Well-Known Member
Joined
Oct 31, 2005
Messages
823
Location
Evans Head Australia
I can assure you, with over 15 years experience flying behind and in front of 618 rotaxs that if you don’t connect the cables and you don’t exercise the valves before and after every flight they will carbon up and stick either open or closed on one cylinder, the result that one piston will pick up and seize, naturally you will immediately see it on the EGTs but that only gives you seconds before the inevitable happens. The 618 is a great engine but like all two strokes you have to play by the rules or the result is misery.
 

henryk

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Joined
Mar 8, 2010
Messages
5,203
Location
krakow,poland
-Bogdan from Sendziszow actually at finish=at first MZ202,then M-18 modyfied 350cc opposiete...

+BKB1 like KASPERwing.
 

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GTX_Engines

Member
Joined
May 17, 2013
Messages
20
Location
Atlanta, GA
Mohawk Aero Corps (MAC) started fabricating Yamaha Genesis 2-cylinder (YG2) Phazer aircraft engine conversion kits last year, and got the first YG2 customer flying in May, a Quicksilver Float plane in New Orleans owned & built by Gil Audibert.

One other YG2 kit has been sold to John Rountree in San Diego. The students at SDU have installed it on a gyroplane. The virus lockdown has shut down the project until further notice.

That's it, just two YG2 kits sold in a year. I suppose if we get more in the air then "eventually" the Rotax flyers might actually get interested, but for now everyone is sticking with Rotax 582 and other smokers.

No one else does a Yamaha Phazer 2-cylinder, 80 HP, 4-stroke conversion kit, although rumors have been circulated that someone else is going to provide something ever since the day I announced our first flying kit was in the air. I can't imagine anyone else actually spending a lot of time and money on this, given the extremely low sales and interest in it. Yeah, there's been lots of talk, but that's all it ever came to. No one has been stepping up and buying anything in the way of YG2 kits, though my sales for everything else remains terrific.

So if you are serious about a 4-stroke alternative to the 582 (not just some rumored "possibility" of stuff in the future) by all means contact me.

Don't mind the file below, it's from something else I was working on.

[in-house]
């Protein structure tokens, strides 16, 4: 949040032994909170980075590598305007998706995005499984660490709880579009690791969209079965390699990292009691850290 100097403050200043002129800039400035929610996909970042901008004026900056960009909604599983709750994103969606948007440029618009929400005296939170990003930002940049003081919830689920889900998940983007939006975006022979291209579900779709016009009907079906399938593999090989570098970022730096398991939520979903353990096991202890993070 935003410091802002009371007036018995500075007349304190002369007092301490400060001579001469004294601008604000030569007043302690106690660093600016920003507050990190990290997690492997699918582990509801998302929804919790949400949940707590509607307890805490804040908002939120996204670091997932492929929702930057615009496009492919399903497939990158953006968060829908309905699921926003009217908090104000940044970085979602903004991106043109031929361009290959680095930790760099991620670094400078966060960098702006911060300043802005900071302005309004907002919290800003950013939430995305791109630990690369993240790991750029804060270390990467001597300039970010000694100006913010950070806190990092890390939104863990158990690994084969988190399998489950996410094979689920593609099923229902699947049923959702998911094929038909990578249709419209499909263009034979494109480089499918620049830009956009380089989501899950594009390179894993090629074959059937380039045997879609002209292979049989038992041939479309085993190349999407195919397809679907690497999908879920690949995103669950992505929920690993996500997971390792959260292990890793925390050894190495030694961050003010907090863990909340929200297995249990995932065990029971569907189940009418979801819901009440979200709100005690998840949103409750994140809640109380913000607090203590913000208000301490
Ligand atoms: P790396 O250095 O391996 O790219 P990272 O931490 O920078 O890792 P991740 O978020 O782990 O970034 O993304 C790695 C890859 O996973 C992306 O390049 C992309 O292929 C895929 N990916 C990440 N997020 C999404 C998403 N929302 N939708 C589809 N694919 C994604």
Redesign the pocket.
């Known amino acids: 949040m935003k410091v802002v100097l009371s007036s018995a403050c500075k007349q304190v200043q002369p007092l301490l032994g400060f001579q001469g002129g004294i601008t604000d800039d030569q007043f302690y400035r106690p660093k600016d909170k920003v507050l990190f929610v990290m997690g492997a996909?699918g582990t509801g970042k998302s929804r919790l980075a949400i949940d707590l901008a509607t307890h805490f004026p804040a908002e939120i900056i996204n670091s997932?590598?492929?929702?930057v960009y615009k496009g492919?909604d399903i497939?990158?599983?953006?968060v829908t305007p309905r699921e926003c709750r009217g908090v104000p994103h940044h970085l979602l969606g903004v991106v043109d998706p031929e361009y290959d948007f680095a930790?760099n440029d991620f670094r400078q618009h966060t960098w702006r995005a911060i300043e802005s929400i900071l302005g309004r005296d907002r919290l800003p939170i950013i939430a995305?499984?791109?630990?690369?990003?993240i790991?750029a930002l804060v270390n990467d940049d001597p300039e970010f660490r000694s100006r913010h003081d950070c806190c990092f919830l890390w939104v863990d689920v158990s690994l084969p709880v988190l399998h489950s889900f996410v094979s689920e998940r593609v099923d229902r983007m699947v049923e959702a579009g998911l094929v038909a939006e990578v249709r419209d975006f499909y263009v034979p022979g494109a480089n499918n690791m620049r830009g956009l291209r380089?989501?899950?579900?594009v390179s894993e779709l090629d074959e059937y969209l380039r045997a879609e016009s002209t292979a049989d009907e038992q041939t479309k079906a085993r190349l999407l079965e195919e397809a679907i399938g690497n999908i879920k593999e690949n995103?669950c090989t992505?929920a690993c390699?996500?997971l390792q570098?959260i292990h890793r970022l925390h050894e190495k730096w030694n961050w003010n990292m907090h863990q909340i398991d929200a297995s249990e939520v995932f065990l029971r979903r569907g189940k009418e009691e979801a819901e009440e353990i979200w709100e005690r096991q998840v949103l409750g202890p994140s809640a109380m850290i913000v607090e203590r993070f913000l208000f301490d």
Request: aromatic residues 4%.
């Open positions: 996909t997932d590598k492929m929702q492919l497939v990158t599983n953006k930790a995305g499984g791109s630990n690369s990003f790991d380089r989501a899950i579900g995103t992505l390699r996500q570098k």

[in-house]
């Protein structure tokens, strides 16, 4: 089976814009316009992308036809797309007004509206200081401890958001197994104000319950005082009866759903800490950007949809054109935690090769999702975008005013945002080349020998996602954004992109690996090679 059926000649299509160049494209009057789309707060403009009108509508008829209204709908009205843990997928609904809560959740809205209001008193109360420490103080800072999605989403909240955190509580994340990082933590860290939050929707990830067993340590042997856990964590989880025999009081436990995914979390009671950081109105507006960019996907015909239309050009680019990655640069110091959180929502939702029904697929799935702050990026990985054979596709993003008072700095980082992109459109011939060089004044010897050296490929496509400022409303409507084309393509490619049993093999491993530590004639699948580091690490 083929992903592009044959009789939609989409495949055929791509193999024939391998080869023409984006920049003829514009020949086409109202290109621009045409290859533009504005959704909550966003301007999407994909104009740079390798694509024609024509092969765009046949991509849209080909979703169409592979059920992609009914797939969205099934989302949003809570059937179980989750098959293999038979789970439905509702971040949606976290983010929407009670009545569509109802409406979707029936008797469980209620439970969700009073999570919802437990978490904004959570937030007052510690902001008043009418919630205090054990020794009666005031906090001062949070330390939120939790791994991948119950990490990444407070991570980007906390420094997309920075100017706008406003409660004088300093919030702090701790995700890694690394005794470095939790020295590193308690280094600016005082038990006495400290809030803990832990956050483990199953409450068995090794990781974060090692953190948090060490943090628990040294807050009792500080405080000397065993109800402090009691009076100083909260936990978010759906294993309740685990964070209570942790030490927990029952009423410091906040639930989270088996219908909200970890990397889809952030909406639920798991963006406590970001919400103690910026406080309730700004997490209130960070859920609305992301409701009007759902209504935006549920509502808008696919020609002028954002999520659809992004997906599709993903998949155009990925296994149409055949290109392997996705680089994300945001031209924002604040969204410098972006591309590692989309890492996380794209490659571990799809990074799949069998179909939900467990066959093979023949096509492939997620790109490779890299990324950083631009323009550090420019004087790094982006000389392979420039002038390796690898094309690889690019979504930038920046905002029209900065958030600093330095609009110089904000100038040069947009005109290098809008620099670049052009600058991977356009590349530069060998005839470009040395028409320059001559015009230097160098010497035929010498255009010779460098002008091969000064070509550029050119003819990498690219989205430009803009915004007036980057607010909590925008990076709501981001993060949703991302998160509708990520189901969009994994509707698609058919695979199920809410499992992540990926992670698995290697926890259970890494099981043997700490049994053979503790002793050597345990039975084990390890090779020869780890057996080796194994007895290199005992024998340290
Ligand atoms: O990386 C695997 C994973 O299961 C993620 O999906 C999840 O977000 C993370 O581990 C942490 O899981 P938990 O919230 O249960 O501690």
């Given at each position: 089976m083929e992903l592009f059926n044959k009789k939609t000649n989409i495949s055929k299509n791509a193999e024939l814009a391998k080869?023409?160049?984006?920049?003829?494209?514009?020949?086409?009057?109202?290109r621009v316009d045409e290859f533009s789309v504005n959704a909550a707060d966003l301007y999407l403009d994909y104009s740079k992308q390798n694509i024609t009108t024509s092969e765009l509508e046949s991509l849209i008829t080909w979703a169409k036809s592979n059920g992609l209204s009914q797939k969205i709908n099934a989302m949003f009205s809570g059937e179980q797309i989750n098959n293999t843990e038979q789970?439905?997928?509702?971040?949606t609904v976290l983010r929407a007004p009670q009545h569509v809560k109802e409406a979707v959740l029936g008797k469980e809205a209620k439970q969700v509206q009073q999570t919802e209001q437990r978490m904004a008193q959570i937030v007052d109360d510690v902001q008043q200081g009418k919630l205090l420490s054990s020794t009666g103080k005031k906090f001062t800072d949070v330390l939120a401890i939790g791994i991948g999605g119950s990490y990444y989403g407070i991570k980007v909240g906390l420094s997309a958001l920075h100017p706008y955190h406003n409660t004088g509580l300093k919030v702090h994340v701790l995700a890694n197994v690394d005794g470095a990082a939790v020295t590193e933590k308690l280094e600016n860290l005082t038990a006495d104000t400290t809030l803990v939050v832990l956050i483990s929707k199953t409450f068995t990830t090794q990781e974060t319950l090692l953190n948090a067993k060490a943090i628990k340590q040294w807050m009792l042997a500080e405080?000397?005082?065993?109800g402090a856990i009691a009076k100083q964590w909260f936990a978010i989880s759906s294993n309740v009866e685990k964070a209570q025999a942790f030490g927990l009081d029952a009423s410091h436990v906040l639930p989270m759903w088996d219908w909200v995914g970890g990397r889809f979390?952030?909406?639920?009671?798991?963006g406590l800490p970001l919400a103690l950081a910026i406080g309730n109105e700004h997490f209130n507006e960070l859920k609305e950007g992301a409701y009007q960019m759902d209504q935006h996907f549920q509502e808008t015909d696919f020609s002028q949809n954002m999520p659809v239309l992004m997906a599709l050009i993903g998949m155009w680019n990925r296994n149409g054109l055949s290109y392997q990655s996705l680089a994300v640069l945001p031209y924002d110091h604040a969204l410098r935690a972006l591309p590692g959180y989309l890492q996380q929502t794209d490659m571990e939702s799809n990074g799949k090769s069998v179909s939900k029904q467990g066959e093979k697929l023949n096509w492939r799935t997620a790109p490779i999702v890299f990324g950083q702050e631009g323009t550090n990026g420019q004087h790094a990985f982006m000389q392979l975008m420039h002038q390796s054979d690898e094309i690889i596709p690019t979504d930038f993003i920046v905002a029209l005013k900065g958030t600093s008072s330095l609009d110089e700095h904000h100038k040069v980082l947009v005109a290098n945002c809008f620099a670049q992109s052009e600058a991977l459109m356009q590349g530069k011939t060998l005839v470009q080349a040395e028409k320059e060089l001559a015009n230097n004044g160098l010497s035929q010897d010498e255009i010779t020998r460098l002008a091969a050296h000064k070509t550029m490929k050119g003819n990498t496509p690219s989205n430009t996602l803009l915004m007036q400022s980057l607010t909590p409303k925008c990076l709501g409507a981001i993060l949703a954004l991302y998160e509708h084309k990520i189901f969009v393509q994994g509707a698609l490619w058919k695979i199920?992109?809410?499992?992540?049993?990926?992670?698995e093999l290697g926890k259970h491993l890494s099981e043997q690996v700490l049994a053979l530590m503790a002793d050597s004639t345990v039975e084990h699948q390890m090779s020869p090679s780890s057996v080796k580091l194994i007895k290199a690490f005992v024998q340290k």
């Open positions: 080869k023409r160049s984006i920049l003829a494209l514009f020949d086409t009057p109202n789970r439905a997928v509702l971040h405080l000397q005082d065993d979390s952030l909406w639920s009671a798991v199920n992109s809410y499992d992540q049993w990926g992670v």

For more information write Info@Mohawkaerocraft.com.

To the very best of my knowledge, the installed weight of a YG2 is about 10 lbs more than a 582.

COST: Look, I've been doing this longer than anyone in business today (Todd Reick stopped selling kits years ago). The newer your engine, the more it will cost, of course. But typically your budget will be $7500 - $8500, with a good, low hrs/mi, used, engine costing $2000-$2500. This should take care of everything, including mounting frame, exhaust, electrical and cooling.

What MAC can provide:
YG2 Engine, either drop-shipped direct of FOB MAC.
Engine plugged, bead blasted, and clear sealed; and new spark plugs and filters - $600
PSRU - AK7 $1800; Rotax E $2350; Simonini C $1900. If you already have a Rotax C, great. Let's use that.
Machining required for PSRU - AK7 $0; Rotax and Simonini $200
YG2 PSRU Adapter - $1495
Clutch - centrifugal RK400 $550; MAC GT4 roller $695
YG2 wire loom, with core - $395
Exhaust - $750

Total Cost, starting with an engine cleaned up and ready to go at $3000, is $7995.

When I get my YG2 gyrocopter running I will start work on an alternative aircraft intake box that will fit under the cowl. For now, all we know is that the intake is critical to top power performance, as is proper length of exhaust (which is much easier to fabricate and get it right). When people butcher up and concoct their own air boxes for the YG3 and YG4's there has been enough HP so that a loss of ~7% at the intake plenum is acceptable. With the YG2 I don't see such a loss of HP as acceptable. Gil is back to using the stock intake box, after trying one they fabbed up and discarded.

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Yamaha Aircraft Engine conversion milestones:

2007 - Todd Reick, first Yamaha flying, a Vector YG3 120 HP on an Air Command single place gyroplane.
2008 - Todd Reick, YG3 conversion kits introduced
2012 - Greg Mills, first YG4, RX1 140 HP, Air Command Tandem gyroplane.
2012 - Greg Mills, first use of sprag clutch on Yamaha aircraft
2013 - Greg Mills, commercially available RX1 YG4 conversion kits introduced
2014 - Teal Jenkins, RX1 conversion kits introduced exclusively for Rotax C and RK400 clutch
2015 - Greg Mills, first YG4 purpose-built PSRU, Hy-Vo chain.
2015 - Tango Gyro, first mass-produced, purpose-built aircraft designed specifically for Yamaha Genesis engines. About 60 units sold as of 6 months ago.
2017 - Greg Mills, first (YG4) Apex 150 HP conversion kits introduced.
2018 - Steve Henry, first Airventure Grand Champion award flying a Yamaha, using Greg's Apex kit
2019 - Teal Jenkins, Apex gearbox introduced
2019 - Edge Performance, 300 HP Apex turbo aircraft kit introduced.
2019 - Greg Mills, first YG2 80 HP conversion kits introduced
2020 - Greg Mills, first Apex EXUP (valved exhaust) 160 HP kit introduced.
 

Armilite

Well-Known Member
Joined
Sep 5, 2011
Messages
3,267
Location
AMES, IA USA
I can assure you, with over 15 years experience flying behind and in front of 618 rotaxs that if you don’t connect the cables and you don’t exercise the valves before and after every flight they will carbon up and stick either open or closed on one cylinder, the result that one piston will pick up and seize, naturally you will immediately see it on the EGTs but that only gives you seconds before the inevitable happens. The 618 is a great engine but like all two strokes you have to play by the rules or the result is misery.
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There is also a difference between the 617 Sled version (Aluminum) and 618UL version (Stainless) RAVE Valves!